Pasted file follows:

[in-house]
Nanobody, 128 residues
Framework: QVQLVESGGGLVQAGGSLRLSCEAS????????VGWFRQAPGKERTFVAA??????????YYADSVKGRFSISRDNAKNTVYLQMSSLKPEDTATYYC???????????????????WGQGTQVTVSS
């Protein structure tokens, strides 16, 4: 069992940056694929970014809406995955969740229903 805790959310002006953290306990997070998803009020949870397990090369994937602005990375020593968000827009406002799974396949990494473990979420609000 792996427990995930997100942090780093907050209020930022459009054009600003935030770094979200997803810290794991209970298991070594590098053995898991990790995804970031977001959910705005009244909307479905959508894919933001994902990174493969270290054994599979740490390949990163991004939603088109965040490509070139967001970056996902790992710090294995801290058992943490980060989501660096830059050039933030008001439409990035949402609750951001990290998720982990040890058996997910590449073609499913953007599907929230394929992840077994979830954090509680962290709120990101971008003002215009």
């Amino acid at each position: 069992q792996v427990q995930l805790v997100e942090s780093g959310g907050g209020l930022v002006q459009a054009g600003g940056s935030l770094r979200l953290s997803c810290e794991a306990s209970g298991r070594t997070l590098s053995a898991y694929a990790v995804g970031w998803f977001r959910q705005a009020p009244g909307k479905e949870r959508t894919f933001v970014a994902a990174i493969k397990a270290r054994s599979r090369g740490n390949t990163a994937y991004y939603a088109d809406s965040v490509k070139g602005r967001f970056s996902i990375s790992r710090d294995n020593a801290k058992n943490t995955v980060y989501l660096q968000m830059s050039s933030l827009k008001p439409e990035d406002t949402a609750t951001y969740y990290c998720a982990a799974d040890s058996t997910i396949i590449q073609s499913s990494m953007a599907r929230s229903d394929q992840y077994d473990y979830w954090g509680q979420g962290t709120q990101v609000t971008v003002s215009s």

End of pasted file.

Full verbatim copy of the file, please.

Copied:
[in-house]
Nanobody, 128 residues
Framework: QVQLVESGGGLVQAGGSLRLSCEAS????????VGWFRQAPGKERTFVAA??????????YYADSVKGRFSISRDNAKNTVYLQMSSLKPEDTATYYC???????????????????WGQGTQVTVSS
């Protein structure tokens, strides 16, 4: 069992940056694929970014809406995955969740229903 805790959310002006953290306990997070998803009020949870397990090369994937602005990375020593968000827009406002799974396949990494473990979420609000 792996427990995930997100942090780093907050209020930022459009054009600003935030770094979200997803810290794991209970298991070594590098053995898991990790995804970031977001959910705005009244909307479905959508894919933001994902990174493969270290054994599979740490390949990163991004939603088109965040490509070139967001970056996902790992710090294995801290058992943490980060989501660096830059050039933030008001439409990035949402609750951001990290998720982990040890058996997910590449073609499913953007599907929230394929992840077994979830954090509680962290709120990101971008003002215009």
């Amino acid at each position: 069992q792996v427990q995930l805790v997100e942090s780093g959310g907050g209020l930022v002006q459009a054009g600003g940056s935030l770094r979200l953290s997803c810290e794991a306990s209970g298991r070594t997070l590098s053995a898991y694929a990790v995804g970031w998803f977001r959910q705005a009020p009244g909307k479905e949870r959508t894919f933001v970014a994902a990174i493969k397990a270290r054994s599979r090369g740490n390949t990163a994937y991004y939603a088109d809406s965040v490509k070139g602005r967001f970056s996902i990375s790992r710090d294995n020593a801290k058992n943490t995955v980060y989501l660096q968000m830059s050039s933030l827009k008001p439409e990035d406002t949402a609750t951001y969740y990290c998720a982990a799974d040890s058996t997910i396949i590449q073609s499913s990494m953007a599907r929230s229903d394929q992840y077994d473990y979830w954090g509680q979420g962290t709120q990101v609000t971008v003002s215009s």